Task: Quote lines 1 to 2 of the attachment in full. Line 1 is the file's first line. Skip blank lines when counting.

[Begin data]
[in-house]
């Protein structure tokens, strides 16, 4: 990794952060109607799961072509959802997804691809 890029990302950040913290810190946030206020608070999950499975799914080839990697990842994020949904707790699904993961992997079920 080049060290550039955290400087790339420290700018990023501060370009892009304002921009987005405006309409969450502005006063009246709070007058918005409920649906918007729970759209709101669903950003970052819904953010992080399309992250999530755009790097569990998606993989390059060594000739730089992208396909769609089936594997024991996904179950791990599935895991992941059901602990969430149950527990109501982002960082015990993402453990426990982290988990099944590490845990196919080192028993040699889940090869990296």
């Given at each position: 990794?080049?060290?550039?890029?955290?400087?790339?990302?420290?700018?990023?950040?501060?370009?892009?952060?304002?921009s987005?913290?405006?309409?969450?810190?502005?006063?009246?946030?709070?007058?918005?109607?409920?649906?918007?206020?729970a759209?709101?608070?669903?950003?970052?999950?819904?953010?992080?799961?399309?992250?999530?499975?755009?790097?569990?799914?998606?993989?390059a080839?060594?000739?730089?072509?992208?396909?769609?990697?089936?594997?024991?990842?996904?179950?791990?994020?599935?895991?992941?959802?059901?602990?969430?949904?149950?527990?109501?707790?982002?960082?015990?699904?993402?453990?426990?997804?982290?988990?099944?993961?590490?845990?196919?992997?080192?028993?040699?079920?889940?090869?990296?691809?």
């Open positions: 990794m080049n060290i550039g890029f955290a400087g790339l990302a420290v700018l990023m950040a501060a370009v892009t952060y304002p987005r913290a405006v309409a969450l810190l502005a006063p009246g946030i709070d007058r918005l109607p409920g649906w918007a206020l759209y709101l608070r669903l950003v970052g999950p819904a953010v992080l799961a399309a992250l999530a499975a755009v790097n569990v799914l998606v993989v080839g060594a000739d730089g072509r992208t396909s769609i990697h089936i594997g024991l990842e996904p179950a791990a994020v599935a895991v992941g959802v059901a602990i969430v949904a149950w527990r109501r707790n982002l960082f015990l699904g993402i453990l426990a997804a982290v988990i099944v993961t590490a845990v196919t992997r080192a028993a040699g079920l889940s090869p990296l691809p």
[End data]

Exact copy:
[in-house]
């Protein structure tokens, strides 16, 4: 990794952060109607799961072509959802997804691809 890029990302950040913290810190946030206020608070999950499975799914080839990697990842994020949904707790699904993961992997079920 080049060290550039955290400087790339420290700018990023501060370009892009304002921009987005405006309409969450502005006063009246709070007058918005409920649906918007729970759209709101669903950003970052819904953010992080399309992250999530755009790097569990998606993989390059060594000739730089992208396909769609089936594997024991996904179950791990599935895991992941059901602990969430149950527990109501982002960082015990993402453990426990982290988990099944590490845990196919080192028993040699889940090869990296």